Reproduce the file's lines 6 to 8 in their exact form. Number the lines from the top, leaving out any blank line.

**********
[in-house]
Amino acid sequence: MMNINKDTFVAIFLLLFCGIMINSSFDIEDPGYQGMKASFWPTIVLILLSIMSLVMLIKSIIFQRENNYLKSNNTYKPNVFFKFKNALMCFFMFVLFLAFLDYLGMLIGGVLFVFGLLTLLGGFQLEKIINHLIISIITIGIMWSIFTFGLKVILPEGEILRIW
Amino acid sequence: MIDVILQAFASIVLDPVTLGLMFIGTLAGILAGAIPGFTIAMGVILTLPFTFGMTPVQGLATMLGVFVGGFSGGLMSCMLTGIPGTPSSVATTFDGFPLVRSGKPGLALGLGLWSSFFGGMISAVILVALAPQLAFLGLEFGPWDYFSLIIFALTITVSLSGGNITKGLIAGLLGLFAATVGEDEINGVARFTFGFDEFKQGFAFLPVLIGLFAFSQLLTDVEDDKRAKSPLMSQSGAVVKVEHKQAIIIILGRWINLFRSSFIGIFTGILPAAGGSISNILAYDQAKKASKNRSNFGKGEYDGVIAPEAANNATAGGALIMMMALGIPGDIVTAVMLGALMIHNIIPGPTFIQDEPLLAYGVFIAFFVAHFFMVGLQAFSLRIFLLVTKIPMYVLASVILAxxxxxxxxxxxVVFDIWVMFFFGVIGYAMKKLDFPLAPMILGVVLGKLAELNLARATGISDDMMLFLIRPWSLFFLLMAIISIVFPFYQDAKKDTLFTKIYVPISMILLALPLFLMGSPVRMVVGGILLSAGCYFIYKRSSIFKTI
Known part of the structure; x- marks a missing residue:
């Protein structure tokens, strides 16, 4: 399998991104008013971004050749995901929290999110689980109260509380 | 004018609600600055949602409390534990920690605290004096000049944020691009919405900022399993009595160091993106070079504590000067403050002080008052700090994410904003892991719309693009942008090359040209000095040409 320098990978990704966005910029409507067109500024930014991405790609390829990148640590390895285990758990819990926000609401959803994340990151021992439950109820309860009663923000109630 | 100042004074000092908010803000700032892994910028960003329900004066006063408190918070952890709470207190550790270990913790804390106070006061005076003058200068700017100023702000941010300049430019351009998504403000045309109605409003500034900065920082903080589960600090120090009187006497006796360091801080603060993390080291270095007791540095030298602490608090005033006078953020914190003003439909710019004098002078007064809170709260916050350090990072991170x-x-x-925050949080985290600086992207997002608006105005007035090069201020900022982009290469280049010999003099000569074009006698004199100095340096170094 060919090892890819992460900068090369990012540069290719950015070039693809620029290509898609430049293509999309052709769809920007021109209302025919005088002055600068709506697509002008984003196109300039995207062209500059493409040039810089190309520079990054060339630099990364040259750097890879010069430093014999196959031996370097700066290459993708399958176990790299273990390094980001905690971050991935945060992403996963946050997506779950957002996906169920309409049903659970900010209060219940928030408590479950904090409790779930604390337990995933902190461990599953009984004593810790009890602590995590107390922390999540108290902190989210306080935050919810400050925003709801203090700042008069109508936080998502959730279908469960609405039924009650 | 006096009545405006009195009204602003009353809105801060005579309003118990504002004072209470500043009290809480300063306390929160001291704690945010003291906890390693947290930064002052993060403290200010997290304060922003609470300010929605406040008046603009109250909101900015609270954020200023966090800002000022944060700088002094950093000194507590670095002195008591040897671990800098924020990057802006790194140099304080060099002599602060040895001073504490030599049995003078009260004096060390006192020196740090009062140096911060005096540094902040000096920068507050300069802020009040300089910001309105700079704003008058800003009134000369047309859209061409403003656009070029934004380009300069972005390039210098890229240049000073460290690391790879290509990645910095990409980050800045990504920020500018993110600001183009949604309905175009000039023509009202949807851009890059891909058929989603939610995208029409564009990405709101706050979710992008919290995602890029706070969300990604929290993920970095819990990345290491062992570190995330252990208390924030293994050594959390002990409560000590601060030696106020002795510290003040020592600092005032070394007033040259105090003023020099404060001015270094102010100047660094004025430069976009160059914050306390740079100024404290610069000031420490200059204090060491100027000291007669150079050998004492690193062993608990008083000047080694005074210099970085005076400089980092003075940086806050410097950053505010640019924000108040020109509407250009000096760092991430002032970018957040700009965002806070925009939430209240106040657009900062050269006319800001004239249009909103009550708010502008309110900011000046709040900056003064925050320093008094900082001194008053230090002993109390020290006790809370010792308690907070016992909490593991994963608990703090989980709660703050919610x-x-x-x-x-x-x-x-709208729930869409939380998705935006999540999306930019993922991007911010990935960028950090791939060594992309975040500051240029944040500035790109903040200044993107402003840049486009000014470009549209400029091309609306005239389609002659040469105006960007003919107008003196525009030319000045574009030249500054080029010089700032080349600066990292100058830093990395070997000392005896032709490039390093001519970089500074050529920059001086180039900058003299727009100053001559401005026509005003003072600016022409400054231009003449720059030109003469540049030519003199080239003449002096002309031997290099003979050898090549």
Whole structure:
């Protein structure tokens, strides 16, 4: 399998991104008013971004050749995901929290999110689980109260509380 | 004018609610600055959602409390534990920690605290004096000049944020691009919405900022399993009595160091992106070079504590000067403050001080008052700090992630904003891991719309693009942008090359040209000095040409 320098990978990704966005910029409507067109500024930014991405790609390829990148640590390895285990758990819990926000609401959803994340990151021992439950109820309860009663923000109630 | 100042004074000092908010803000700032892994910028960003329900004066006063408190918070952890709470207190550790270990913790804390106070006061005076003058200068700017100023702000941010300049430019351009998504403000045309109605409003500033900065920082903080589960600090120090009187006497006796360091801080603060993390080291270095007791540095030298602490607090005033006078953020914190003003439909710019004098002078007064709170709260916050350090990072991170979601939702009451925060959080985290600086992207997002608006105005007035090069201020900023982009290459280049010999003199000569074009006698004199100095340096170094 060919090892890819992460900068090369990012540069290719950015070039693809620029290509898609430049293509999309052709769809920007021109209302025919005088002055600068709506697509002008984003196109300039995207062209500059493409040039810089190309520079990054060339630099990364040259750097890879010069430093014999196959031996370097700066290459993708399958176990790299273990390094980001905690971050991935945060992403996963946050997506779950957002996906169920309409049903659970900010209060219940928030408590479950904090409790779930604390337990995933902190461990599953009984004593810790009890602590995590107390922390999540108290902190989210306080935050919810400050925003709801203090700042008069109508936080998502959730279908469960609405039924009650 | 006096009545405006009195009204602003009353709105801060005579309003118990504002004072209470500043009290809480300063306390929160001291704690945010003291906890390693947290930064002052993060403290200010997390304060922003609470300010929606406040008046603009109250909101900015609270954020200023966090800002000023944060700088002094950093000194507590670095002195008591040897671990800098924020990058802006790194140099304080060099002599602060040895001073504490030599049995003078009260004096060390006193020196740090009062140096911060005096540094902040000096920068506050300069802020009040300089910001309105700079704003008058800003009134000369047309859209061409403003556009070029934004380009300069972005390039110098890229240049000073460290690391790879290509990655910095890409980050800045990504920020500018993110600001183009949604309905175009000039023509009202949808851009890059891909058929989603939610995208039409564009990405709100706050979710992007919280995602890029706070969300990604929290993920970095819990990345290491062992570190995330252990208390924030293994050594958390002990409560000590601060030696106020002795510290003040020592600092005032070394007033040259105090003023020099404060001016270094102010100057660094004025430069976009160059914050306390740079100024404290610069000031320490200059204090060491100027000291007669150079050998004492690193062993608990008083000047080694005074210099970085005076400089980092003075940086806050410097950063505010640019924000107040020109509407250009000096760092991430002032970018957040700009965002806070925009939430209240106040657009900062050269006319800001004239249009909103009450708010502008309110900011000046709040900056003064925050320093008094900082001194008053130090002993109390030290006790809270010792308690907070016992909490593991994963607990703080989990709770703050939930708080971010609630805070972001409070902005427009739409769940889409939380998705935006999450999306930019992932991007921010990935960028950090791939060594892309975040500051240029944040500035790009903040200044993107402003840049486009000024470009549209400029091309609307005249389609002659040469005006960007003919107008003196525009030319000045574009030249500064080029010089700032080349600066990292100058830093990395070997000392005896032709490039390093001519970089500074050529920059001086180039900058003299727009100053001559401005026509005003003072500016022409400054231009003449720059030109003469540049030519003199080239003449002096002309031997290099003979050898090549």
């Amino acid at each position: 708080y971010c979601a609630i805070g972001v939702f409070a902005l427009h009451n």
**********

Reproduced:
Whole structure:
């Protein structure tokens, strides 16, 4: 399998991104008013971004050749995901929290999110689980109260509380 | 004018609610600055959602409390534990920690605290004096000049944020691009919405900022399993009595160091992106070079504590000067403050001080008052700090992630904003891991719309693009942008090359040209000095040409 320098990978990704966005910029409507067109500024930014991405790609390829990148640590390895285990758990819990926000609401959803994340990151021992439950109820309860009663923000109630 | 100042004074000092908010803000700032892994910028960003329900004066006063408190918070952890709470207190550790270990913790804390106070006061005076003058200068700017100023702000941010300049430019351009998504403000045309109605409003500033900065920082903080589960600090120090009187006497006796360091801080603060993390080291270095007791540095030298602490607090005033006078953020914190003003439909710019004098002078007064709170709260916050350090990072991170979601939702009451925060959080985290600086992207997002608006105005007035090069201020900023982009290459280049010999003199000569074009006698004199100095340096170094 060919090892890819992460900068090369990012540069290719950015070039693809620029290509898609430049293509999309052709769809920007021109209302025919005088002055600068709506697509002008984003196109300039995207062209500059493409040039810089190309520079990054060339630099990364040259750097890879010069430093014999196959031996370097700066290459993708399958176990790299273990390094980001905690971050991935945060992403996963946050997506779950957002996906169920309409049903659970900010209060219940928030408590479950904090409790779930604390337990995933902190461990599953009984004593810790009890602590995590107390922390999540108290902190989210306080935050919810400050925003709801203090700042008069109508936080998502959730279908469960609405039924009650 | 006096009545405006009195009204602003009353709105801060005579309003118990504002004072209470500043009290809480300063306390929160001291704690945010003291906890390693947290930064002052993060403290200010997390304060922003609470300010929606406040008046603009109250909101900015609270954020200023966090800002000023944060700088002094950093000194507590670095002195008591040897671990800098924020990058802006790194140099304080060099002599602060040895001073504490030599049995003078009260004096060390006193020196740090009062140096911060005096540094902040000096920068506050300069802020009040300089910001309105700079704003008058800003009134000369047309859209061409403003556009070029934004380009300069972005390039110098890229240049000073460290690391790879290509990655910095890409980050800045990504920020500018993110600001183009949604309905175009000039023509009202949808851009890059891909058929989603939610995208039409564009990405709100706050979710992007919280995602890029706070969300990604929290993920970095819990990345290491062992570190995330252990208390924030293994050594958390002990409560000590601060030696106020002795510290003040020592600092005032070394007033040259105090003023020099404060001016270094102010100057660094004025430069976009160059914050306390740079100024404290610069000031320490200059204090060491100027000291007669150079050998004492690193062993608990008083000047080694005074210099970085005076400089980092003075940086806050410097950063505010640019924000107040020109509407250009000096760092991430002032970018957040700009965002806070925009939430209240106040657009900062050269006319800001004239249009909103009450708010502008309110900011000046709040900056003064925050320093008094900082001194008053130090002993109390030290006790809270010792308690907070016992909490593991994963607990703080989990709770703050939930708080971010609630805070972001409070902005427009739409769940889409939380998705935006999450999306930019992932991007921010990935960028950090791939060594892309975040500051240029944040500035790009903040200044993107402003840049486009000024470009549209400029091309609307005249389609002659040469005006960007003919107008003196525009030319000045574009030249500064080029010089700032080349600066990292100058830093990395070997000392005896032709490039390093001519970089500074050529920059001086180039900058003299727009100053001559401005026509005003003072500016022409400054231009003449720059030109003469540049030519003199080239003449002096002309031997290099003979050898090549």
């Amino acid at each position: 708080y971010c979601a609630i805070g972001v939702f409070a902005l427009h009451n």